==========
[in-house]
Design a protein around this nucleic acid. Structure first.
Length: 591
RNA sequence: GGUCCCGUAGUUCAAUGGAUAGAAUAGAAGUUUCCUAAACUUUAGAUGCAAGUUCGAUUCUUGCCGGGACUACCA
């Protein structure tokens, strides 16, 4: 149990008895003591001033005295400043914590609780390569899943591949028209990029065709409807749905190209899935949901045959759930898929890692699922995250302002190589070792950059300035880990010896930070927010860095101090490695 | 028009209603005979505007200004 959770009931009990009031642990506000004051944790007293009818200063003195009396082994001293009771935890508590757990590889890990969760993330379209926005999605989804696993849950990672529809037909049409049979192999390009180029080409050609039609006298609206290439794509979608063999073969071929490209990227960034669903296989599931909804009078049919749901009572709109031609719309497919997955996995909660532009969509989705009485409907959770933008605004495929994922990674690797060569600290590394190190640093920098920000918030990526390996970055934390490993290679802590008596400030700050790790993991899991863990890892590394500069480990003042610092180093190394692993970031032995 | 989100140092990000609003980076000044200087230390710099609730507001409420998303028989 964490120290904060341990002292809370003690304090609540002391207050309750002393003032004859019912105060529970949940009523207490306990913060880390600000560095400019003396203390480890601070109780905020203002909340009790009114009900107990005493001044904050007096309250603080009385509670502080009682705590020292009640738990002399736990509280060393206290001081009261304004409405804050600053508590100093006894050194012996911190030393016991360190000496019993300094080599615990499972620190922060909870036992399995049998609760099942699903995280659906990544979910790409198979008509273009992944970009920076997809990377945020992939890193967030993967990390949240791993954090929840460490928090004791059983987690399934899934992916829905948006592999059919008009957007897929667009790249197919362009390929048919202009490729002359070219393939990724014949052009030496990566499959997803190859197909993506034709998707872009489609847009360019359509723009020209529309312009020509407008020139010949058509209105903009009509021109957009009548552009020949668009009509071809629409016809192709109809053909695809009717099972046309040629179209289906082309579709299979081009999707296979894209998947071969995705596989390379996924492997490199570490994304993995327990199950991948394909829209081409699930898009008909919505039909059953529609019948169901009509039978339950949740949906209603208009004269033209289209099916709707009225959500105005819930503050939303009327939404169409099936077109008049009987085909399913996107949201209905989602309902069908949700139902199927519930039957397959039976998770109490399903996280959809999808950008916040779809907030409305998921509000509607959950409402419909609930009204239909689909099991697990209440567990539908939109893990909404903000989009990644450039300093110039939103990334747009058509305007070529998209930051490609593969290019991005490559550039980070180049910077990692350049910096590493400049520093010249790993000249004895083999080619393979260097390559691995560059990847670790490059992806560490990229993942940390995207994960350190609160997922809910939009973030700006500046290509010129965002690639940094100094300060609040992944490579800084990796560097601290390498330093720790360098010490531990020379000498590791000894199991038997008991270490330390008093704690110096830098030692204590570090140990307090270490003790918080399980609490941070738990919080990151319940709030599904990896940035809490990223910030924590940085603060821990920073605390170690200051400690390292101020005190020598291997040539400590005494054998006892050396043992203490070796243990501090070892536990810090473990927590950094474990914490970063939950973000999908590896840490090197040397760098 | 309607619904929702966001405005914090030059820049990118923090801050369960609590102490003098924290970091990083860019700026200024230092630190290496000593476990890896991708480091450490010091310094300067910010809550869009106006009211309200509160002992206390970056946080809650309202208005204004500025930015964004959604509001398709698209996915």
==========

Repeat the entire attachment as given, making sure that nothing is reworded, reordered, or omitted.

[in-house]
Design a protein around this nucleic acid. Structure first.
Length: 591
RNA sequence: GGUCCCGUAGUUCAAUGGAUAGAAUAGAAGUUUCCUAAACUUUAGAUGCAAGUUCGAUUCUUGCCGGGACUACCA
């Protein structure tokens, strides 16, 4: 149990008895003591001033005295400043914590609780390569899943591949028209990029065709409807749905190209899935949901045959759930898929890692699922995250302002190589070792950059300035880990010896930070927010860095101090490695 | 028009209603005979505007200004 959770009931009990009031642990506000004051944790007293009818200063003195009396082994001293009771935890508590757990590889890990969760993330379209926005999605989804696993849950990672529809037909049409049979192999390009180029080409050609039609006298609206290439794509979608063999073969071929490209990227960034669903296989599931909804009078049919749901009572709109031609719309497919997955996995909660532009969509989705009485409907959770933008605004495929994922990674690797060569600290590394190190640093920098920000918030990526390996970055934390490993290679802590008596400030700050790790993991899991863990890892590394500069480990003042610092180093190394692993970031032995 | 989100140092990000609003980076000044200087230390710099609730507001409420998303028989 964490120290904060341990002292809370003690304090609540002391207050309750002393003032004859019912105060529970949940009523207490306990913060880390600000560095400019003396203390480890601070109780905020203002909340009790009114009900107990005493001044904050007096309250603080009385509670502080009682705590020292009640738990002399736990509280060393206290001081009261304004409405804050600053508590100093006894050194012996911190030393016991360190000496019993300094080599615990499972620190922060909870036992399995049998609760099942699903995280659906990544979910790409198979008509273009992944970009920076997809990377945020992939890193967030993967990390949240791993954090929840460490928090004791059983987690399934899934992916829905948006592999059919008009957007897929667009790249197919362009390929048919202009490729002359070219393939990724014949052009030496990566499959997803190859197909993506034709998707872009489609847009360019359509723009020209529309312009020509407008020139010949058509209105903009009509021109957009009548552009020949668009009509071809629409016809192709109809053909695809009717099972046309040629179209289906082309579709299979081009999707296979894209998947071969995705596989390379996924492997490199570490994304993995327990199950991948394909829209081409699930898009008909919505039909059953529609019948169901009509039978339950949740949906209603208009004269033209289209099916709707009225959500105005819930503050939303009327939404169409099936077109008049009987085909399913996107949201209905989602309902069908949700139902199927519930039957397959039976998770109490399903996280959809999808950008916040779809907030409305998921509000509607959950409402419909609930009204239909689909099991697990209440567990539908939109893990909404903000989009990644450039300093110039939103990334747009058509305007070529998209930051490609593969290019991005490559550039980070180049910077990692350049910096590493400049520093010249790993000249004895083999080619393979260097390559691995560059990847670790490059992806560490990229993942940390995207994960350190609160997922809910939009973030700006500046290509010129965002690639940094100094300060609040992944490579800084990796560097601290390498330093720790360098010490531990020379000498590791000894199991038997008991270490330390008093704690110096830098030692204590570090140990307090270490003790918080399980609490941070738990919080990151319940709030599904990896940035809490990223910030924590940085603060821990920073605390170690200051400690390292101020005190020598291997040539400590005494054998006892050396043992203490070796243990501090070892536990810090473990927590950094474990914490970063939950973000999908590896840490090197040397760098 | 309607619904929702966001405005914090030059820049990118923090801050369960609590102490003098924290970091990083860019700026200024230092630190290496000593476990890896991708480091450490010091310094300067910010809550869009106006009211309200509160002992206390970056946080809650309202208005204004500025930015964004959604509001398709698209996915």